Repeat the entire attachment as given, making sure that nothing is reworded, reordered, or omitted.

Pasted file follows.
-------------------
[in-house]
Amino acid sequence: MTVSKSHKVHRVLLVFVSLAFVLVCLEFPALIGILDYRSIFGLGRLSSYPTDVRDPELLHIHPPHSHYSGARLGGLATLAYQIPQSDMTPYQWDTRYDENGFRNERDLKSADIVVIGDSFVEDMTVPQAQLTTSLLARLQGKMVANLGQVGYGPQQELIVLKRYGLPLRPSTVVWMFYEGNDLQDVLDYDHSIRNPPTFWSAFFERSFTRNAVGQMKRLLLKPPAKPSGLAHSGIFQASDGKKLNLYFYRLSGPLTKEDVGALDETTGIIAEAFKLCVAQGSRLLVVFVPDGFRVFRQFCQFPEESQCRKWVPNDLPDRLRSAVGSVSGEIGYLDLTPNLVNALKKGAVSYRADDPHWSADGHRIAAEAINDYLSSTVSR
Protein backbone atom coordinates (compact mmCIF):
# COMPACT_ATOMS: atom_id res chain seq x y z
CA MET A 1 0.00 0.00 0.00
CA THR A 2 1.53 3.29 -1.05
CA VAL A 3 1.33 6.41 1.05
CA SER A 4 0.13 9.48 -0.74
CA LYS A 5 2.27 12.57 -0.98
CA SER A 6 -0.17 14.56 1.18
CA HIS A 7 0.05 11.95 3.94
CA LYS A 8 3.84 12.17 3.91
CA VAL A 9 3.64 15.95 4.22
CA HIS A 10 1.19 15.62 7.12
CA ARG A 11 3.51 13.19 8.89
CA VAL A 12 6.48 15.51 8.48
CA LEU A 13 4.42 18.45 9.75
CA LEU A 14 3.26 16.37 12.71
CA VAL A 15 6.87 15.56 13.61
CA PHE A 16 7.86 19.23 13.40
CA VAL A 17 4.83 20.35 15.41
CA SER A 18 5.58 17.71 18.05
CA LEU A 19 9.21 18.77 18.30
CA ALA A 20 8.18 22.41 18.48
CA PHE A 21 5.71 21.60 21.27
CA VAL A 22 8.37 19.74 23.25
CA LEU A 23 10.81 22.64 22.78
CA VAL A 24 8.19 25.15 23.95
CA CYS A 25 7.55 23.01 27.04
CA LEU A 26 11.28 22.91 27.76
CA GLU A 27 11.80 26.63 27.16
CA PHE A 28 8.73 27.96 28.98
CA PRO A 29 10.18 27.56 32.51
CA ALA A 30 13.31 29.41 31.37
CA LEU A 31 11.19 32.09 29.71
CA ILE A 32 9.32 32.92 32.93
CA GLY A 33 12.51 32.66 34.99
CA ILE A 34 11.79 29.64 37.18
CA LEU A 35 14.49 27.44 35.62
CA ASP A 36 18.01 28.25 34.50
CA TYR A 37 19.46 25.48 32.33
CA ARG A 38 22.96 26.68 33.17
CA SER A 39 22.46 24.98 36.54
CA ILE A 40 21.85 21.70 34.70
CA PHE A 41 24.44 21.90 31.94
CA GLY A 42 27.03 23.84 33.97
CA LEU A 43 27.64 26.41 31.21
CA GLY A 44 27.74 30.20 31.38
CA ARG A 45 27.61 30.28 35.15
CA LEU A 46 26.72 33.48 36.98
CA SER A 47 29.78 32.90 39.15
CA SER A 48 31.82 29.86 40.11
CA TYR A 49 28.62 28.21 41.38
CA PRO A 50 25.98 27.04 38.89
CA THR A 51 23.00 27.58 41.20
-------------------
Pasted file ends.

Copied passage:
[in-house]
Amino acid sequence: MTVSKSHKVHRVLLVFVSLAFVLVCLEFPALIGILDYRSIFGLGRLSSYPTDVRDPELLHIHPPHSHYSGARLGGLATLAYQIPQSDMTPYQWDTRYDENGFRNERDLKSADIVVIGDSFVEDMTVPQAQLTTSLLARLQGKMVANLGQVGYGPQQELIVLKRYGLPLRPSTVVWMFYEGNDLQDVLDYDHSIRNPPTFWSAFFERSFTRNAVGQMKRLLLKPPAKPSGLAHSGIFQASDGKKLNLYFYRLSGPLTKEDVGALDETTGIIAEAFKLCVAQGSRLLVVFVPDGFRVFRQFCQFPEESQCRKWVPNDLPDRLRSAVGSVSGEIGYLDLTPNLVNALKKGAVSYRADDPHWSADGHRIAAEAINDYLSSTVSR
Protein backbone atom coordinates (compact mmCIF):
# COMPACT_ATOMS: atom_id res chain seq x y z
CA MET A 1 0.00 0.00 0.00
CA THR A 2 1.53 3.29 -1.05
CA VAL A 3 1.33 6.41 1.05
CA SER A 4 0.13 9.48 -0.74
CA LYS A 5 2.27 12.57 -0.98
CA SER A 6 -0.17 14.56 1.18
CA HIS A 7 0.05 11.95 3.94
CA LYS A 8 3.84 12.17 3.91
CA VAL A 9 3.64 15.95 4.22
CA HIS A 10 1.19 15.62 7.12
CA ARG A 11 3.51 13.19 8.89
CA VAL A 12 6.48 15.51 8.48
CA LEU A 13 4.42 18.45 9.75
CA LEU A 14 3.26 16.37 12.71
CA VAL A 15 6.87 15.56 13.61
CA PHE A 16 7.86 19.23 13.40
CA VAL A 17 4.83 20.35 15.41
CA SER A 18 5.58 17.71 18.05
CA LEU A 19 9.21 18.77 18.30
CA ALA A 20 8.18 22.41 18.48
CA PHE A 21 5.71 21.60 21.27
CA VAL A 22 8.37 19.74 23.25
CA LEU A 23 10.81 22.64 22.78
CA VAL A 24 8.19 25.15 23.95
CA CYS A 25 7.55 23.01 27.04
CA LEU A 26 11.28 22.91 27.76
CA GLU A 27 11.80 26.63 27.16
CA PHE A 28 8.73 27.96 28.98
CA PRO A 29 10.18 27.56 32.51
CA ALA A 30 13.31 29.41 31.37
CA LEU A 31 11.19 32.09 29.71
CA ILE A 32 9.32 32.92 32.93
CA GLY A 33 12.51 32.66 34.99
CA ILE A 34 11.79 29.64 37.18
CA LEU A 35 14.49 27.44 35.62
CA ASP A 36 18.01 28.25 34.50
CA TYR A 37 19.46 25.48 32.33
CA ARG A 38 22.96 26.68 33.17
CA SER A 39 22.46 24.98 36.54
CA ILE A 40 21.85 21.70 34.70
CA PHE A 41 24.44 21.90 31.94
CA GLY A 42 27.03 23.84 33.97
CA LEU A 43 27.64 26.41 31.21
CA GLY A 44 27.74 30.20 31.38
CA ARG A 45 27.61 30.28 35.15
CA LEU A 46 26.72 33.48 36.98
CA SER A 47 29.78 32.90 39.15
CA SER A 48 31.82 29.86 40.11
CA TYR A 49 28.62 28.21 41.38
CA PRO A 50 25.98 27.04 38.89
CA THR A 51 23.00 27.58 41.20